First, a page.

anyhow free trade zones in china have become smart way to offer win-wins between particular sectors and particular twin cities/nations
april 2017 china has added 7 new free trade zones (to 4 original ones)
The following details have been released explaining why each FTZ has been chosen:
- Liaoning: reignite the competitiveness of northeast China’s traditional industries consequently opening up new sectors for foreign investment.
- Zhejiang: improve the construction of Zhoushan Free Trade Port as well as encourage commodity trade liberalisation.
- Henan: establish a modern three dimensional traffic system and modern logistics system meaning Henan will become a key location along China’s ‘One Belt One Road’ connection.
- Hubei: hub for high-tech industrial bases focussing on the Yangtze River Economic Belt.
- Sichuan: gateway to China’s western inland areas.
- Shaanxi: facilitate the construction of the ‘One Belt One Road’ network.
- Chongqing: strategic position in enabling access to the west of China facilitating the region’s overall future development.
Free trade zones in China are a specific class of special economic zones; an area where goods may be landed, handled, manufactured and re-exported without intervention of the customs authority. China’s first Free Trade Zone opened in Shanghai in 2013 and was seen as a milestone in doing business in China. It replaced the previous “low-cost land policy” of the more traditional industrial zones and is used to try and explore policies for modernizing Chinese businesses. The FTZ should be seen as a blueprint of further reform throughout China. Unlike other types of SEZs, free-trade zones can experiment with financial models and attract investment. Free-trade zones are organized in areas with many geographical advantages for trade e.g. major seaports and international airports. After the opening in Shanghai, several other FTZ’s have been initiated in April 2015: Tianjin, Guangdong and Fujian. Each of the locations were not chosen randomly, but serve a specific purpose. Shanghai
Shanghai, in August 2013, was the first city to be given the opportunity to trial a free trade zone; with fewer restrictions it was hoped that it would bring more foreign investment into China and take the focus away from Hong Kong, where the government has less control.
Focus: international trade, financial services.
Tianjin is a major city only located 30 minutes south of Beijing. It has a harbor and a well developed industrial sector. However, the major reason that the Central Government chose Tianjin is for a future purpose: Jingjinji, also known as Beijing-Tianjin-Hebei. This region is emerging as the major northern metropolitan area, rivaling the Pearl River Delta and the Yangtze River Delta. It is the wish of the Government to combine these cities in terms of infrastructure, manufacturing / industry and R&D resources. For that reason, a huge airport in the center of Jingjinji has been planned: Beijing Daxing International Airport. Also, it is the only FTZ zone in Northern China. This will boost Tianjin’s in the China-Mongolia-Russia economic corridor.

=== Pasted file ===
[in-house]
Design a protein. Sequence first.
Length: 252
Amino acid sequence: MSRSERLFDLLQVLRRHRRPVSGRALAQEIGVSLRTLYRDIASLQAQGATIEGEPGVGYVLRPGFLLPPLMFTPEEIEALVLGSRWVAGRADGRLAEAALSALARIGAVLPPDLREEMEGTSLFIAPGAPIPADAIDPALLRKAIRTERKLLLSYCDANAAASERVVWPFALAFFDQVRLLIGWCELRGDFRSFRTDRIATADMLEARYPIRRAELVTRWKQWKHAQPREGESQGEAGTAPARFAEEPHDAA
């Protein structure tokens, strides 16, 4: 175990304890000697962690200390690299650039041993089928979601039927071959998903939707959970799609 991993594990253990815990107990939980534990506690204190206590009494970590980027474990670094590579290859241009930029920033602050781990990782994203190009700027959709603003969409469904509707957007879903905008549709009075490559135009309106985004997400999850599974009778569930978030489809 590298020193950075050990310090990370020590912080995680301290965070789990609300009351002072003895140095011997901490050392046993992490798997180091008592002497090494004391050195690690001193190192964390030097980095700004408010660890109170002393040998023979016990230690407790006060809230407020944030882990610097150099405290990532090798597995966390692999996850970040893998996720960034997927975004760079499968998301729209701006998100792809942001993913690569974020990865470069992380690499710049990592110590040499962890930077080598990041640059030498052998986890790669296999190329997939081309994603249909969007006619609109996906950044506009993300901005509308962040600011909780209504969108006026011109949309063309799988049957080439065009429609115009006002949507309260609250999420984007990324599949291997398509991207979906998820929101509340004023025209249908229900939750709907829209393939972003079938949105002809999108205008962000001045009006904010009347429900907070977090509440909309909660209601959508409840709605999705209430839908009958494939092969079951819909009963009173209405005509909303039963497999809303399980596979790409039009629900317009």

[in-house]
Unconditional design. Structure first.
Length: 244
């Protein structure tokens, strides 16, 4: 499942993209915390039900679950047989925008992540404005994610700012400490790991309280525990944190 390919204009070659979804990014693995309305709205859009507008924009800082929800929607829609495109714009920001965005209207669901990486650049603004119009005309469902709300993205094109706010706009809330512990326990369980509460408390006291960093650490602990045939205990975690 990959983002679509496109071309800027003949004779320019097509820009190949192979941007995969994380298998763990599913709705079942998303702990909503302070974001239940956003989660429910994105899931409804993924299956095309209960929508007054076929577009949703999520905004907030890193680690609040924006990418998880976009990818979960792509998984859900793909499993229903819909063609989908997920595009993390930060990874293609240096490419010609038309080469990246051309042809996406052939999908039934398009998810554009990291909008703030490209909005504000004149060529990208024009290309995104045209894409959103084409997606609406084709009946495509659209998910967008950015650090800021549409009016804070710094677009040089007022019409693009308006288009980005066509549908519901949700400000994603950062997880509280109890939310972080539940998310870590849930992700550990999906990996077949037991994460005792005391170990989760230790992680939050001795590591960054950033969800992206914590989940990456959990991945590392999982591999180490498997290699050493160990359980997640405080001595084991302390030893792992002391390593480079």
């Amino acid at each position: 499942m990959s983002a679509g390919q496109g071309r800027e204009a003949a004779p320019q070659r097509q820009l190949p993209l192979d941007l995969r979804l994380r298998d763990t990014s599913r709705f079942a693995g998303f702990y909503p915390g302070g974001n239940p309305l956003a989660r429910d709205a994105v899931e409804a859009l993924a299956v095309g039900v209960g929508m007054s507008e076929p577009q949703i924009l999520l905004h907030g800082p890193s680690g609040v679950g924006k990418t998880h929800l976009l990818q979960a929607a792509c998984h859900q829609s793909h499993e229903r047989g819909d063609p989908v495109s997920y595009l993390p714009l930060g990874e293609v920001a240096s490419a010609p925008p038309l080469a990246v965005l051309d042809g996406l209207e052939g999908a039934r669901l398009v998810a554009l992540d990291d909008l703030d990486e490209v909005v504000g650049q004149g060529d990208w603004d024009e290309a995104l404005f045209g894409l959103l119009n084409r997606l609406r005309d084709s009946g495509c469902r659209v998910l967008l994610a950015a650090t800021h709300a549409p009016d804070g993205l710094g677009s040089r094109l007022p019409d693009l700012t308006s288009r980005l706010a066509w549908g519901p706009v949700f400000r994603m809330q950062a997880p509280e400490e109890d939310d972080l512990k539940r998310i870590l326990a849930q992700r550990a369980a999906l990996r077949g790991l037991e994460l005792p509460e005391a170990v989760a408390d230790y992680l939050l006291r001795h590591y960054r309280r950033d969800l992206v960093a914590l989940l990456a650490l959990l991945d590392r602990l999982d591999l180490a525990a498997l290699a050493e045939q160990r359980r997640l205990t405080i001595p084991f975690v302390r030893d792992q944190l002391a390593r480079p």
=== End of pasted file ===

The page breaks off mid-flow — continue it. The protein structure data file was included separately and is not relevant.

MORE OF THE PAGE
Focus: Shipping, financial leasing and high-end manufacturing.
Guangdong has a distinct advantage: the geographic location. It has several major ports and is the Chinese gateway to both Hong Kong and Macau. China is pushing for the 21th century (maritime) silk road, and both Shanghai and Guangdong fit the start of this route perfectly. Guangdong is a leading industrial province, with a huge electronic R&D sector in Shenzhen.
Consequently, has been on top of GDP ranking of Chinese provinces for two decades. Moreover, this FTZ works on further integration of Mainland China with Hong Kong and Macau and exporting the huge number of products that has been produced in Southern China. Also, its purpose is to build a new financial cooperation system in the region.
Focus: Finance industry, customs clearance and maritime routes to Africa and Europe.
The Fuijan FTZ is located next to Xiamen, and will yield a lot of benefits linking to Taiwan. Nowadays, Fujian and Taiwan’s economies are very linked, resulting in a lot of economic interaction. It will promote free-flow of goods between Taiwan and Mainland China. Consequently, many benefits are for Taiwan entities. Examples are easier visa’s, encouraged construction projects and providing foreign bookkeeping services.
Furthermore, Fujian’s rich land and labor resources have a great advantage to labor intensive industries. Fujian’s specification is to create easy entry barriers to attract more Taiwanese companies. Its dual channel of loan business for both sides is also a special advantage for Xiamen.
Focus: Trade with Taiwan, production services and high-end service sector.
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